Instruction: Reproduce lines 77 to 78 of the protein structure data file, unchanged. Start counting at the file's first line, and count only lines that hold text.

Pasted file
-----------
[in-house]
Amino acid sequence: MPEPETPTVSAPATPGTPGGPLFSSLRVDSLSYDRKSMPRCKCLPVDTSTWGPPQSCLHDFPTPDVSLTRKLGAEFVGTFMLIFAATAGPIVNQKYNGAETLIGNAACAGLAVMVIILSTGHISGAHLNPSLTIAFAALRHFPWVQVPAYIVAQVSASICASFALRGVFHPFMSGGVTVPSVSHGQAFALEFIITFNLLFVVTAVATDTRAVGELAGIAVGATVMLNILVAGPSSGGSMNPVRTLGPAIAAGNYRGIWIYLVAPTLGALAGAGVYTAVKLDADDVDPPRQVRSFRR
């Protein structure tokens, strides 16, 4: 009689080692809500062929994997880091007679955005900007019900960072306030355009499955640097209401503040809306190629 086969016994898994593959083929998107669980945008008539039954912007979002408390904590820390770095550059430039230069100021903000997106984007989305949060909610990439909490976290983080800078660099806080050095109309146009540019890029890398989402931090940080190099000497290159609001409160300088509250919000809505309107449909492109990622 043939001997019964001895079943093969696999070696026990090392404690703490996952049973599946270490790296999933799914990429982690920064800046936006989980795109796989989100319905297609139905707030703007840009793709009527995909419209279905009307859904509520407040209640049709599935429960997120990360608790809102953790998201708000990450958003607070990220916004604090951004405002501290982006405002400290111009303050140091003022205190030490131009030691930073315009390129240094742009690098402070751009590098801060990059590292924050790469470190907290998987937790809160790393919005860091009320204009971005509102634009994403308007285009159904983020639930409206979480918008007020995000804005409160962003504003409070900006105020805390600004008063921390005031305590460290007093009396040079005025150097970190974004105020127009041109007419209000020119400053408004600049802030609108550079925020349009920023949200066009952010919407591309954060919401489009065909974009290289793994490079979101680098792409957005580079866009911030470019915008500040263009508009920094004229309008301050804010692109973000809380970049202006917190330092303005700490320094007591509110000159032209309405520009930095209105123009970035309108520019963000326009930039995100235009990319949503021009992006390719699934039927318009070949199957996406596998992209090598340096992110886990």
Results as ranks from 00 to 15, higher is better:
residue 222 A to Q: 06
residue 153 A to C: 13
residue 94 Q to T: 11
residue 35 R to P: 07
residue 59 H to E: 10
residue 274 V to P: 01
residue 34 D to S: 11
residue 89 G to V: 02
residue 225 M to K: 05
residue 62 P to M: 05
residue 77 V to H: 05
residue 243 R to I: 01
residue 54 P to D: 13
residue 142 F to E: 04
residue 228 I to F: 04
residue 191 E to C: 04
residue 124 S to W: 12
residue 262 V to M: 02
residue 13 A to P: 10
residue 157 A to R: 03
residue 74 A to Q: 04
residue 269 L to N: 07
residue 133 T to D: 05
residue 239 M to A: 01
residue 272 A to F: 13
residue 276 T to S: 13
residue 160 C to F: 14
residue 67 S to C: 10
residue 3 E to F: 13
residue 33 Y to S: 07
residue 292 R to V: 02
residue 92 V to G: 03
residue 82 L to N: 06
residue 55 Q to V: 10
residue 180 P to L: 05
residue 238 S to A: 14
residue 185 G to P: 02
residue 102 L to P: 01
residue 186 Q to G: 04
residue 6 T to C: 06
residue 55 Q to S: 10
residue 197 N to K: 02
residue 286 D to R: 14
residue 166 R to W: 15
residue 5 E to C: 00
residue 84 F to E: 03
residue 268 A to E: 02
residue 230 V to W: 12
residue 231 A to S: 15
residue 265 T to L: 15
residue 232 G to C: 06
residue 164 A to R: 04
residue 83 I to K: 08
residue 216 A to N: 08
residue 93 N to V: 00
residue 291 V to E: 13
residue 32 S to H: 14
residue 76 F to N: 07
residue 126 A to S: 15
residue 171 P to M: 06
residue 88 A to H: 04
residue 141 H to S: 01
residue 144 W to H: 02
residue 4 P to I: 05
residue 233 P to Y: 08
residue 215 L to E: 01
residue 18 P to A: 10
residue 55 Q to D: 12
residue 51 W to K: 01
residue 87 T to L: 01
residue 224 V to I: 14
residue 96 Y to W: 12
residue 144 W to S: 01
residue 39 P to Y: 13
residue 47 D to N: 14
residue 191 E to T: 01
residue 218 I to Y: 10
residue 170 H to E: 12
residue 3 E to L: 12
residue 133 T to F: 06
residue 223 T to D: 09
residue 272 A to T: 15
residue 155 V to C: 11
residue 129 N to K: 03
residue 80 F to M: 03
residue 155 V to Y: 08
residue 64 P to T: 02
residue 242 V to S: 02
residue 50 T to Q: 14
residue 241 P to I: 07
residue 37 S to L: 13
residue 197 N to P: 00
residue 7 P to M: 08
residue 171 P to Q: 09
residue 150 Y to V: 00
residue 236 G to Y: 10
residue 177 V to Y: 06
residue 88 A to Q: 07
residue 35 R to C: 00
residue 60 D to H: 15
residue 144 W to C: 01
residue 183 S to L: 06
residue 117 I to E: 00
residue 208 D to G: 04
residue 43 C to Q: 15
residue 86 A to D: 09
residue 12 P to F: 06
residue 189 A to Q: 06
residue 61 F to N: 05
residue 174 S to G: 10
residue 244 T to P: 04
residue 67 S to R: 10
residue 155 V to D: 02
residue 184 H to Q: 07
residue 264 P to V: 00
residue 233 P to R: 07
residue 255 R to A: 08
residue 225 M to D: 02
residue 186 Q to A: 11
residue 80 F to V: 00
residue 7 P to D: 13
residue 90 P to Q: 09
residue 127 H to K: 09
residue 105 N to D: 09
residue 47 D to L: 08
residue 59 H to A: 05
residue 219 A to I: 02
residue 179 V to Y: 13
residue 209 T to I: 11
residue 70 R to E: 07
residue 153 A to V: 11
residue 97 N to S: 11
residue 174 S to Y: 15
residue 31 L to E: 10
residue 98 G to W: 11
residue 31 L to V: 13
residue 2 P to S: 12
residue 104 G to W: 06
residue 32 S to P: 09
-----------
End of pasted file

residue 144 W to S: 01
residue 39 P to Y: 13